Does Juice Fasting Work? What Nutrition Experts Need You to Know
Weight loss is one of the main reasons people try a juice fast, but this juice cleansing trend comes with health risks. Here's what the experts say.
Is juicing good for you?
It’s no secret: It’s smart to eat fruits and vegetables as part of a healthy diet to help lower your risk of chronic health conditions. However, some people try to drink their fruits and veggies by juicing, or consuming juice instead of the whole foods.
Others try juice fasting, where they limit food in general and consume only juice for a period of time.
People turn to juice fasts for various reasons, but usually for weight loss or an attempt to detoxify the body. But is it safe and healthy? Most nutritionists warn that juice fasting comes with some serious health risks and dubious benefits.
Juice fasts or juice cleanses involve consuming only juices from vegetables and fruits for a set period of time. “Juicing takes the pulp out of fruits or vegetables with a juicer, leaving many of the vitamins, minerals, and plant compounds,” explains Erika Laurion, a nutritionist in Hudson, New York.
Juice fasts can vary in terms of how long they last and the juices they include. Some only allow vegetable juices while others are fruit juice-based; others combine fruit and veggie juices for the fast. Popular juices include celery, beet, and spinach juice.
“Juices are not smoothies. They don’t have other ingredients,” Laurion stresses. There are many kits available that explain juice fasting and provide the juices, while in some cases people prepare the juice on their own.
Here’s what you need to know about juice fasting, its purported health benefits, and risks, according to our panel of health experts.
Juicing and juice fast methods
One approach is to do a juice fast just for one day each week on a semi-regular basis. This is a type of intermittent fasting.
People who do juice fasts usually opt to make their own juices at home or buy a pre-packaged cleanse online or at a health food store. Ambitious do-it-yourself juicers need to purchase a juicer. DIYers will also need to buy a lot of produce. It actually takes 6 to 8 large carrots to make one glass of juice, according to the National Center for Health Research.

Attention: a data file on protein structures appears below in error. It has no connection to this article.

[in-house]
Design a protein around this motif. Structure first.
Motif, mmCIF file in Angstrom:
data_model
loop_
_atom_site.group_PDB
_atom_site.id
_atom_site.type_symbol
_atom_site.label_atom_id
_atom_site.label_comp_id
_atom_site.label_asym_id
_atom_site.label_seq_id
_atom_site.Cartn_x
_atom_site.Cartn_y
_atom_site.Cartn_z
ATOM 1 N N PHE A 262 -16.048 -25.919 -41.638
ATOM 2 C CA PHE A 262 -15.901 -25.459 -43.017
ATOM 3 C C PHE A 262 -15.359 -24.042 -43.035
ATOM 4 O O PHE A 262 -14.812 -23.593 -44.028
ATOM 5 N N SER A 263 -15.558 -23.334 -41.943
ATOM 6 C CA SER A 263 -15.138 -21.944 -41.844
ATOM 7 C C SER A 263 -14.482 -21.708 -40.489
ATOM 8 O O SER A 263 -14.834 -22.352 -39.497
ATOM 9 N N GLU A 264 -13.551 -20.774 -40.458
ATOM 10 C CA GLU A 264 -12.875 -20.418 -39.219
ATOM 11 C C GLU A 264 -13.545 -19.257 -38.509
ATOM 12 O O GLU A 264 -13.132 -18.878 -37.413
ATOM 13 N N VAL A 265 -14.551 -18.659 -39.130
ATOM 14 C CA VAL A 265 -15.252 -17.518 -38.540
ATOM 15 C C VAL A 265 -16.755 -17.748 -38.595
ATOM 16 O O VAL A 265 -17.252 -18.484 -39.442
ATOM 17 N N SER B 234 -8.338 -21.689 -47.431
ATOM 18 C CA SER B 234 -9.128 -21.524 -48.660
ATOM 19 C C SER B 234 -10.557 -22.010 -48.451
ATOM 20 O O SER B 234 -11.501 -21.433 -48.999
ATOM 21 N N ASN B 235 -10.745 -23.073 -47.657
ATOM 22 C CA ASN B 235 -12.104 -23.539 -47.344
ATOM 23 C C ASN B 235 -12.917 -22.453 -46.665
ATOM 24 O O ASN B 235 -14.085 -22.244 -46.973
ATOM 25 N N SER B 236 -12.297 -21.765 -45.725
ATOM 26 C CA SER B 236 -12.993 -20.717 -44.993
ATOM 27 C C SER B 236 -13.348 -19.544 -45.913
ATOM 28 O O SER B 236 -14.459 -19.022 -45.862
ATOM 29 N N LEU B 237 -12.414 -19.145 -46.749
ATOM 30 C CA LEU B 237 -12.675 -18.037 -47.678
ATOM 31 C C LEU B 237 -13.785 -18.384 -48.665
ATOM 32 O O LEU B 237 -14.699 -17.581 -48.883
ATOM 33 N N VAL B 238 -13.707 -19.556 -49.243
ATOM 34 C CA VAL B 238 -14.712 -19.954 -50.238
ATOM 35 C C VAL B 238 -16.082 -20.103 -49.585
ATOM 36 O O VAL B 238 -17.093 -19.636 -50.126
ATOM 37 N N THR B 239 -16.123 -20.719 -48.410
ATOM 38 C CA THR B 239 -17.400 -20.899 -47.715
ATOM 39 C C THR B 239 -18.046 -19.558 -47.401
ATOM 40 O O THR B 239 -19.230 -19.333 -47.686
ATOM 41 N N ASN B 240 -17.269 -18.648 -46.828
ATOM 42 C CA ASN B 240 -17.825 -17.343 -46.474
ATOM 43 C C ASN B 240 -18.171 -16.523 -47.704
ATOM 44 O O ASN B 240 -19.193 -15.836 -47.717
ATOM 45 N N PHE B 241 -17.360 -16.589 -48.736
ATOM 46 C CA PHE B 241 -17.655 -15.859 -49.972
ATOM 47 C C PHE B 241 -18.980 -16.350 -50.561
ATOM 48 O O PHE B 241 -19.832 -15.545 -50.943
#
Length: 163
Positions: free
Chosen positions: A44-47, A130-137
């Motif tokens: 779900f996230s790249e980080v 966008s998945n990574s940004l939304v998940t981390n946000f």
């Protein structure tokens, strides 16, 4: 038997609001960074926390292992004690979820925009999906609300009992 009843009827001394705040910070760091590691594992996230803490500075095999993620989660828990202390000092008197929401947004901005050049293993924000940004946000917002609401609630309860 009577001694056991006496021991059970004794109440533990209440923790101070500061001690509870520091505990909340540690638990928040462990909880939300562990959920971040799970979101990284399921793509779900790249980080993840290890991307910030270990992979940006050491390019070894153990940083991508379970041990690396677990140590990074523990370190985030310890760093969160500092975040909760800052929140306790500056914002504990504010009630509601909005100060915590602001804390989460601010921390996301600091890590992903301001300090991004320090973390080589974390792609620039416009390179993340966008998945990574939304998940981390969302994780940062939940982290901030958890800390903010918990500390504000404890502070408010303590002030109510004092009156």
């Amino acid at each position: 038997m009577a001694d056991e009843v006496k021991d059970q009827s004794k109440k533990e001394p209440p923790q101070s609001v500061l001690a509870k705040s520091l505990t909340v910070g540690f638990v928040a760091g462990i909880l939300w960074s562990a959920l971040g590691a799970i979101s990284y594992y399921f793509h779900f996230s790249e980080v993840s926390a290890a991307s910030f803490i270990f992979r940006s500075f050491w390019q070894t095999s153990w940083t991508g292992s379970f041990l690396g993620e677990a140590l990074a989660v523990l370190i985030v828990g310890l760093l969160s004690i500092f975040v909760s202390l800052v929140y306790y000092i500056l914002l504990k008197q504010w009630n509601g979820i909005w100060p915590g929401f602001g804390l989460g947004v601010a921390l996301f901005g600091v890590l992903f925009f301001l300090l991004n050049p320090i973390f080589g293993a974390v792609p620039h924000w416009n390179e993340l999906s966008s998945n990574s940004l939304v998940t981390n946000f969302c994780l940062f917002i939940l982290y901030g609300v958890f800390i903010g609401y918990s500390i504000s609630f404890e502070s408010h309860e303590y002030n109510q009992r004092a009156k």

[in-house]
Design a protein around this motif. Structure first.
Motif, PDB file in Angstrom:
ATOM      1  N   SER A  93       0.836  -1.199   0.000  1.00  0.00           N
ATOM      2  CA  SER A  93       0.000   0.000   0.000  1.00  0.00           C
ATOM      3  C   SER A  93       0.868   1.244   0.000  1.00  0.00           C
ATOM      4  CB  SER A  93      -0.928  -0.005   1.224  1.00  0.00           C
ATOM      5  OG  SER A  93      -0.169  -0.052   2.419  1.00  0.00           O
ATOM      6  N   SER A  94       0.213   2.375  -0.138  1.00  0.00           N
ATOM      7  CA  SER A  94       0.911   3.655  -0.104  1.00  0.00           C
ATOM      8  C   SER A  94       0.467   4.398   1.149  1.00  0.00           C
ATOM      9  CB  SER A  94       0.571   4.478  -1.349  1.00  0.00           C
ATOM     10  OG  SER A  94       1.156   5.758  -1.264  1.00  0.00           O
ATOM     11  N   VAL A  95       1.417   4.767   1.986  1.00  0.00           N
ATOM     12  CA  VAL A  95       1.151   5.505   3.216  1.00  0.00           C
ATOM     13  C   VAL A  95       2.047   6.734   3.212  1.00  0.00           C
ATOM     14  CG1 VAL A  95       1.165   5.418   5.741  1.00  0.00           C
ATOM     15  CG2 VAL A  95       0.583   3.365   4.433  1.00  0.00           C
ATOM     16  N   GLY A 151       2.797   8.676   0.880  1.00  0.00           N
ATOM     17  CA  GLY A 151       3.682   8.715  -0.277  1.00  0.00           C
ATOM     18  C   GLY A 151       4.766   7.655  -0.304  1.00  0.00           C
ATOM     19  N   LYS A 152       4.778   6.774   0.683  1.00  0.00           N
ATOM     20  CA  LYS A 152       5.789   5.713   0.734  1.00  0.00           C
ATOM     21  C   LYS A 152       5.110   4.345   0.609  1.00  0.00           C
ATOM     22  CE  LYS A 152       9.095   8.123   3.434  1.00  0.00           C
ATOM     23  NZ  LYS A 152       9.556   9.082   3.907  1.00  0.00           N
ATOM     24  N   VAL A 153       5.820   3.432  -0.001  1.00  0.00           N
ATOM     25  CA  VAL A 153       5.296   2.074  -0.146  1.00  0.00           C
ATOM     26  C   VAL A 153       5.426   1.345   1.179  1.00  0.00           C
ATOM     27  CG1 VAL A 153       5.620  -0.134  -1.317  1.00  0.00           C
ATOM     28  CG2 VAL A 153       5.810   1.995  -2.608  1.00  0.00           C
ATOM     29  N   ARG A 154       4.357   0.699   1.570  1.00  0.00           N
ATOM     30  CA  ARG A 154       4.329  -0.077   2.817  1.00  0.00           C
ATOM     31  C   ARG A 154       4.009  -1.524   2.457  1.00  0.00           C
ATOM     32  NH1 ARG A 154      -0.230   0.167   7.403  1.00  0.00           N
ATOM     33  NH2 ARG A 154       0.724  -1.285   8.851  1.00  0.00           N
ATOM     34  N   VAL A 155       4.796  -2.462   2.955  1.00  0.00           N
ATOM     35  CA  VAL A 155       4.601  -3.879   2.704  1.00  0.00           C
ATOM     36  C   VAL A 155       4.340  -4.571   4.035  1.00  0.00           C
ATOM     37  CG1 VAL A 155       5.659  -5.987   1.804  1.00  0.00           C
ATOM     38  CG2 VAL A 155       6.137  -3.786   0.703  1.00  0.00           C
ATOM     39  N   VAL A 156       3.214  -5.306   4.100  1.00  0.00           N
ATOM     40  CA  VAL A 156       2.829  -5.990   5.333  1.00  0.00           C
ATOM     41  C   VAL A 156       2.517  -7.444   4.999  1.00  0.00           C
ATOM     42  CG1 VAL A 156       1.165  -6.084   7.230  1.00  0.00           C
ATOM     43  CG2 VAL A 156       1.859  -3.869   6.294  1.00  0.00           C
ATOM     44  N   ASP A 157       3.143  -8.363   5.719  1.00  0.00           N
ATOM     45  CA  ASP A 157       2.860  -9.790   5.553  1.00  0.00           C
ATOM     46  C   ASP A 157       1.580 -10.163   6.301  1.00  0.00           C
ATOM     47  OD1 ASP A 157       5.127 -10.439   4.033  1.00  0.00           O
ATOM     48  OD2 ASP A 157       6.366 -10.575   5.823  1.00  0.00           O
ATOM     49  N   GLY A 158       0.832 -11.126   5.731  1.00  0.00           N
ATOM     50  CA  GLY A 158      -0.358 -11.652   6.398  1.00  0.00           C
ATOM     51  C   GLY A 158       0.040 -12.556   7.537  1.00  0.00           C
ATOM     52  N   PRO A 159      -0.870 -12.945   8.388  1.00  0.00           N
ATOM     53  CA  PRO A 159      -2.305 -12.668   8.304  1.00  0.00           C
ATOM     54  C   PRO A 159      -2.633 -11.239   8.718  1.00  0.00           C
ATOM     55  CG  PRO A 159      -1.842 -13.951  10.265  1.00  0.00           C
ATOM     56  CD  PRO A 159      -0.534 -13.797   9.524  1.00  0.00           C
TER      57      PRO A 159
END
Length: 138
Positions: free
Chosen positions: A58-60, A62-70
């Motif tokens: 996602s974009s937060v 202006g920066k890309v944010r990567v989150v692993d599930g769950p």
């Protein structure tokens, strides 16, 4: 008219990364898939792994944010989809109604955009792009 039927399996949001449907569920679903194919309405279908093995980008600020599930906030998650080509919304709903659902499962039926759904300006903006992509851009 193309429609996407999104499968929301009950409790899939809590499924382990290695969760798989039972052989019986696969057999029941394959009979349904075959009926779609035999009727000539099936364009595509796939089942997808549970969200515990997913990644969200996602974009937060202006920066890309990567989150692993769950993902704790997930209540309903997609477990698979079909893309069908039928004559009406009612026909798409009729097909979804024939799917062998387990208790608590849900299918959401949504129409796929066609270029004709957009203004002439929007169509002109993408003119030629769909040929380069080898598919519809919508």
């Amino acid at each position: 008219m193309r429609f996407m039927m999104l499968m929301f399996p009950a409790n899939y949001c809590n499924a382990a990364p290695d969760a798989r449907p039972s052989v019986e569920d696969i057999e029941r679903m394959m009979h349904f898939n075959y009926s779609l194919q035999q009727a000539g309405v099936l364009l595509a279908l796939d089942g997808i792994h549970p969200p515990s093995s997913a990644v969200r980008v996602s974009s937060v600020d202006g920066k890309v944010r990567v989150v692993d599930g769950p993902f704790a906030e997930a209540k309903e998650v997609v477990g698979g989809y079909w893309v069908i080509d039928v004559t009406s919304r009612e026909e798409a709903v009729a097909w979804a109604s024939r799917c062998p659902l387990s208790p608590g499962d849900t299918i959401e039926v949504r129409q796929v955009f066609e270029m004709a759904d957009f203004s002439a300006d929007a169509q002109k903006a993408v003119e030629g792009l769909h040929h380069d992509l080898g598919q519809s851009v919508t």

There are two main types of juicers, explains Laurion. The centrifugal juicers use a high-speed spinning action to grind fruits and vegetables with a cutting blade. The spinning also separates the juice from the solids.
Cold-press or masticating juicers crush and press fruits and vegetables. These work more slowly than centrifugal juicers.
Laurion uses the centrifugal juicer, still, some prefer cold-pressed juicers. “They may say centrifugal juicers are not as pure as the cold-pressed because they might be creating heat and friction that could damage they nutrients in the fruit,” she says. This does not occur with cold-pressed juicers.
Calories and juice fasting
Calories vary based on the type of juice as well as what else is consumed during a juice fast, Laurion says. Some juice fasts may allow you to eat whole fruits and veggies too.
Ten ounces of carrot-apple juice contains 200 calories, while the same amount of spinach–cucumber–celery juice has 139 calories, according to recipes from Stanford University.
In general, most juice fasts total up to 1,000 calories per day.
What are the risks of a juice fast?
Experts caution that there are potential health risks to juice cleanses or fasts.
In general, juice fasting—like many other types of fasting—can cause fatigue and irritability. Another risk is diarrhea as juices can act like natural laxatives because sugars stimulate the gut to expel water and electrolytes.
Lastly, keep in mind that some people who should not attempt a juice fast, says Liz Weinandy, RDN at the Ohio State University Wexner Medical Center in Columbus, Ohio.
“People who are elderly or frail, growing adolescents and women who are pregnant or breastfeeding need more nutrients than these fasts provide,” she says. “Fasting is not advised if you have a history of eating disorders or disordered eating.”
Although some fans of juice fasts cite the lack of fiber as a positive, Weinandy says it is actually one of the risks.
“Besides staying regular, fiber feeds the beneficial or good microorganisms found in the gut, helping to maintain a healthy gut microbiome balance,” she says. When the bacteria is out of balance, you may feel bloated, be constipated, have diarrhea, or experience many other digestive ills. A well-balanced gut microbiome is believed to aid weight loss efforts and boost the immune system’s ability to ward off diseases.
The recommended amount of dietary fiber is 20 to 35 grams per day. Most people fail to hit this mark as it is, according to the Academy of Nutrition and Dietetics. (Here are some sure signs that you are not getting enough fiber.)
“Juices don’t have protein, which keeps you full and helps you maintain muscle mass,” Weinandy says. “If you go more than a few days without protein, fiber, and other nutrients that are not found in the juices, you can develop deficiencies,” Weinandy says. The longer the fast, the greater the risk for these shortfalls, she adds.